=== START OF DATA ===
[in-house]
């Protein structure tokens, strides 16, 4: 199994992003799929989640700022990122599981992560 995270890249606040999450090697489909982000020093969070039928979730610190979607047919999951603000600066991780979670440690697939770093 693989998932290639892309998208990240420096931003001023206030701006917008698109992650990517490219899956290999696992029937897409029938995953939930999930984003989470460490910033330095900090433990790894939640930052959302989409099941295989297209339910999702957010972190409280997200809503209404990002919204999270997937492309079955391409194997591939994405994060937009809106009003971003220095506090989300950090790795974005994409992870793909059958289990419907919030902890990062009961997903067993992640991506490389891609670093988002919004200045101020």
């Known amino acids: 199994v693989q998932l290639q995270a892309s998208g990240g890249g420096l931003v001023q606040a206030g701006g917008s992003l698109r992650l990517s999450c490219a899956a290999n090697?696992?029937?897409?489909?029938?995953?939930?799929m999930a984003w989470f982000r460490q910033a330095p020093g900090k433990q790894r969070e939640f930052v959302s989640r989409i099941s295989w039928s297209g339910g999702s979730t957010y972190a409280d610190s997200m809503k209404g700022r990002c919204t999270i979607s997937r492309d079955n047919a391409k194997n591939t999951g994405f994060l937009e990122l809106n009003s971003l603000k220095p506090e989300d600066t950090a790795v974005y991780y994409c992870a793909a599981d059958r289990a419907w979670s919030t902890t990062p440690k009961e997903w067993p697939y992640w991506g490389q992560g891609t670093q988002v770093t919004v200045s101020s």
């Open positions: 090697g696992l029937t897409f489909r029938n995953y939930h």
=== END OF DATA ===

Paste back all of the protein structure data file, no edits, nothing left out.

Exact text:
[in-house]
């Protein structure tokens, strides 16, 4: 199994992003799929989640700022990122599981992560 995270890249606040999450090697489909982000020093969070039928979730610190979607047919999951603000600066991780979670440690697939770093 693989998932290639892309998208990240420096931003001023206030701006917008698109992650990517490219899956290999696992029937897409029938995953939930999930984003989470460490910033330095900090433990790894939640930052959302989409099941295989297209339910999702957010972190409280997200809503209404990002919204999270997937492309079955391409194997591939994405994060937009809106009003971003220095506090989300950090790795974005994409992870793909059958289990419907919030902890990062009961997903067993992640991506490389891609670093988002919004200045101020």
């Known amino acids: 199994v693989q998932l290639q995270a892309s998208g990240g890249g420096l931003v001023q606040a206030g701006g917008s992003l698109r992650l990517s999450c490219a899956a290999n090697?696992?029937?897409?489909?029938?995953?939930?799929m999930a984003w989470f982000r460490q910033a330095p020093g900090k433990q790894r969070e939640f930052v959302s989640r989409i099941s295989w039928s297209g339910g999702s979730t957010y972190a409280d610190s997200m809503k209404g700022r990002c919204t999270i979607s997937r492309d079955n047919a391409k194997n591939t999951g994405f994060l937009e990122l809106n009003s971003l603000k220095p506090e989300d600066t950090a790795v974005y991780y994409c992870a793909a599981d059958r289990a419907w979670s919030t902890t990062p440690k009961e997903w067993p697939y992640w991506g490389q992560g891609t670093q988002v770093t919004v200045s101020s």
């Open positions: 090697g696992l029937t897409f489909r029938n995953y939930h």